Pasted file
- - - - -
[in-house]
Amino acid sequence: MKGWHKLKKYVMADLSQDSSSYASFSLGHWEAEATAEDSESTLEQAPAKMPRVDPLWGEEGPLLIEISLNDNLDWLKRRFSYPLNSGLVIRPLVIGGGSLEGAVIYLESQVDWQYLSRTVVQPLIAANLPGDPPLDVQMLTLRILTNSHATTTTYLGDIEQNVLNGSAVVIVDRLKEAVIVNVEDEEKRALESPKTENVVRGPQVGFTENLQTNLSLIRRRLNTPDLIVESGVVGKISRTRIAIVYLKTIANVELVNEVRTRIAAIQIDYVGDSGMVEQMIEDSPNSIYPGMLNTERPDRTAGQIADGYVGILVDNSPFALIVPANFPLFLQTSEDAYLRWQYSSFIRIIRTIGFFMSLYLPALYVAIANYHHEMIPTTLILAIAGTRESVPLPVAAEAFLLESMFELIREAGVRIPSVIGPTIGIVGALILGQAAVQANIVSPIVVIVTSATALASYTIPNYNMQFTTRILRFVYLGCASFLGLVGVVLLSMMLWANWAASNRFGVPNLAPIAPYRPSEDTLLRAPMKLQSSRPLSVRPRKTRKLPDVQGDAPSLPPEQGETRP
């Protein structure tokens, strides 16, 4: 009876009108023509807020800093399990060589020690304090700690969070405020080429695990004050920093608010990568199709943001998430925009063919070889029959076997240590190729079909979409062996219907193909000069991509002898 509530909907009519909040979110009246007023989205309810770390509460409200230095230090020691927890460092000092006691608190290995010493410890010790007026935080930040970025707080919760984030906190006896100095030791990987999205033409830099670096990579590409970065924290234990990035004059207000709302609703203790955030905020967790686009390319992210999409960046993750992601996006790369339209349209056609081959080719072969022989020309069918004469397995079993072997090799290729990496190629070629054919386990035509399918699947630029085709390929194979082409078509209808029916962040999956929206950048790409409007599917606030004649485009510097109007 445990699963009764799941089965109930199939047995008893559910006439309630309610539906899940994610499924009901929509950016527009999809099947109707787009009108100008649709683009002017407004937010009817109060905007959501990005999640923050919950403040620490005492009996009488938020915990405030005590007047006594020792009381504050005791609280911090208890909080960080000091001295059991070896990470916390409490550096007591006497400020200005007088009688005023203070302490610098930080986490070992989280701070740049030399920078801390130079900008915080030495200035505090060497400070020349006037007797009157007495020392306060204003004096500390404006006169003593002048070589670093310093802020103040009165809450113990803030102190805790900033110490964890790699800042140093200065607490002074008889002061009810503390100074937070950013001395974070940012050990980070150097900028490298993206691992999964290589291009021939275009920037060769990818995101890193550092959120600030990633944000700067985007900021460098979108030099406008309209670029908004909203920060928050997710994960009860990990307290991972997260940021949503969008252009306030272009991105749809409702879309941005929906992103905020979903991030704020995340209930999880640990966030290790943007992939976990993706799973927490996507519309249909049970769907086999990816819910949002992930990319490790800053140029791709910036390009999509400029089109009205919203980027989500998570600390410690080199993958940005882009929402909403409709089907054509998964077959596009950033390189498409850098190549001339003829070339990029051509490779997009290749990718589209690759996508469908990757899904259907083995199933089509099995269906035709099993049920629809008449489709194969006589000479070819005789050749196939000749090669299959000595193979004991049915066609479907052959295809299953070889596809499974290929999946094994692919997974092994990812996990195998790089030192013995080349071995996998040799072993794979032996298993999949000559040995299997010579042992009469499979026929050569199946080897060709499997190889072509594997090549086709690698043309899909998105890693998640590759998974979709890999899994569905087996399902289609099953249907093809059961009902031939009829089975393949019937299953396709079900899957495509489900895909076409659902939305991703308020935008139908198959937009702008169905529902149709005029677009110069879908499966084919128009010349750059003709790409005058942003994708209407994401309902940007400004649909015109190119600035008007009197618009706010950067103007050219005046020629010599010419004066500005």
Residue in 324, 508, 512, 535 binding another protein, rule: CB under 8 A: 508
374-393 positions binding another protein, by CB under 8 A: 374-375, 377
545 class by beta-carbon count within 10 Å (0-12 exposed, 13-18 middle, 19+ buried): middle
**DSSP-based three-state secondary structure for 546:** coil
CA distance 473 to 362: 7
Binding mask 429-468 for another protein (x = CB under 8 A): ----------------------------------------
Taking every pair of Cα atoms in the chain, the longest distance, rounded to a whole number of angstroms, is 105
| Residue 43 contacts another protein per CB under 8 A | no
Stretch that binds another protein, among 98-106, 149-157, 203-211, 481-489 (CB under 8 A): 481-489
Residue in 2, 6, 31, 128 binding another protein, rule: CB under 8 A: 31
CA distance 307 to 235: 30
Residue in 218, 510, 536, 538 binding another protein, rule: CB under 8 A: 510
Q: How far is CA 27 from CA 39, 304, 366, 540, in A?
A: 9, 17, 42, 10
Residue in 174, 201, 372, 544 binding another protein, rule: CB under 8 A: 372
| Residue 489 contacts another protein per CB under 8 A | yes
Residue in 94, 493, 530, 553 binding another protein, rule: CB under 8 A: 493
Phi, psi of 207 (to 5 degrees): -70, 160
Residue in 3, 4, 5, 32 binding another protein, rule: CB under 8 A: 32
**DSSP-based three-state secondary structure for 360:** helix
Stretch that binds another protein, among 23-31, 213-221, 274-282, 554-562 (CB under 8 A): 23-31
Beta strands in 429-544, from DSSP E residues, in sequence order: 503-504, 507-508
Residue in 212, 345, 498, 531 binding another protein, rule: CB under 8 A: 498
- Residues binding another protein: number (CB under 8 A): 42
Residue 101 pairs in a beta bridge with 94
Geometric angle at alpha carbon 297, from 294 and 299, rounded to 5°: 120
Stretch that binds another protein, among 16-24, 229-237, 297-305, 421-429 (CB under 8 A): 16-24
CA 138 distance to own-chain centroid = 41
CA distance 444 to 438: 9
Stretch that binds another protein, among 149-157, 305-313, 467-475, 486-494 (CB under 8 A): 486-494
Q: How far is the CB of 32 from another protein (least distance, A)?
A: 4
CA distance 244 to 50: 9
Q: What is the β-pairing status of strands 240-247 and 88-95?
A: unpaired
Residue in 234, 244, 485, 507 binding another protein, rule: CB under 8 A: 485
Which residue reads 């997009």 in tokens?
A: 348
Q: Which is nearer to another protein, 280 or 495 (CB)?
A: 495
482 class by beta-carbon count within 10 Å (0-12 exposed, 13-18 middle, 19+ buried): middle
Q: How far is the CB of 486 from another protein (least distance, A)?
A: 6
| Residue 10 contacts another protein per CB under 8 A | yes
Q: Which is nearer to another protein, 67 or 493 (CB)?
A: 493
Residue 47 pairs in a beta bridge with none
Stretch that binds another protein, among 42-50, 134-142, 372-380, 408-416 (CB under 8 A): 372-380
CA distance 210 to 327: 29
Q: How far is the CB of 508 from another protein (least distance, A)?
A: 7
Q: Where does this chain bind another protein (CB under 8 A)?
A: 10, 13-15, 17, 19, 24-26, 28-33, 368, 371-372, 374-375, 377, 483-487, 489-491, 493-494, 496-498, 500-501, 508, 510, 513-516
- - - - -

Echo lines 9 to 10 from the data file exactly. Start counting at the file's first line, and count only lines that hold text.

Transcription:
Binding mask 429-468 for another protein (x = CB under 8 A): ----------------------------------------
Taking every pair of Cα atoms in the chain, the longest distance, rounded to a whole number of angstroms, is 105